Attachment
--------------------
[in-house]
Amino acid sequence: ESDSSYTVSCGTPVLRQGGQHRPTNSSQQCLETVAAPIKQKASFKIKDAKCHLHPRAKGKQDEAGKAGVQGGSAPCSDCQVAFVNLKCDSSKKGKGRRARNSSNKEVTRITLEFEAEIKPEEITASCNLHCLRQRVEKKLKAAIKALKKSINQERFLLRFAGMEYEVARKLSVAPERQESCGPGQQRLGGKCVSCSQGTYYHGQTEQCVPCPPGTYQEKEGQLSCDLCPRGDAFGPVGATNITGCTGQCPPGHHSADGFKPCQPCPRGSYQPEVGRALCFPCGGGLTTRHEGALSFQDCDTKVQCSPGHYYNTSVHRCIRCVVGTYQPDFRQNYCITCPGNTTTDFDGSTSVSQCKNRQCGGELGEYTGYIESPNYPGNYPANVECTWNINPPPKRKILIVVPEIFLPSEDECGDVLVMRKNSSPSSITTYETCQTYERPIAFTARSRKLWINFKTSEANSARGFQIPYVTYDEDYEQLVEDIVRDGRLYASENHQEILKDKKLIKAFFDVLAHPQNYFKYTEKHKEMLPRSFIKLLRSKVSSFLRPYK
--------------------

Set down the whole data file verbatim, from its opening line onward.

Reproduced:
[in-house]
Amino acid sequence: ESDSSYTVSCGTPVLRQGGQHRPTNSSQQCLETVAAPIKQKASFKIKDAKCHLHPRAKGKQDEAGKAGVQGGSAPCSDCQVAFVNLKCDSSKKGKGRRARNSSNKEVTRITLEFEAEIKPEEITASCNLHCLRQRVEKKLKAAIKALKKSINQERFLLRFAGMEYEVARKLSVAPERQESCGPGQQRLGGKCVSCSQGTYYHGQTEQCVPCPPGTYQEKEGQLSCDLCPRGDAFGPVGATNITGCTGQCPPGHHSADGFKPCQPCPRGSYQPEVGRALCFPCGGGLTTRHEGALSFQDCDTKVQCSPGHYYNTSVHRCIRCVVGTYQPDFRQNYCITCPGNTTTDFDGSTSVSQCKNRQCGGELGEYTGYIESPNYPGNYPANVECTWNINPPPKRKILIVVPEIFLPSEDECGDVLVMRKNSSPSSITTYETCQTYERPIAFTARSRKLWINFKTSEANSARGFQIPYVTYDEDYEQLVEDIVRDGRLYASENHQEILKDKKLIKAFFDVLAHPQNYFKYTEKHKEMLPRSFIKLLRSKVSSFLRPYK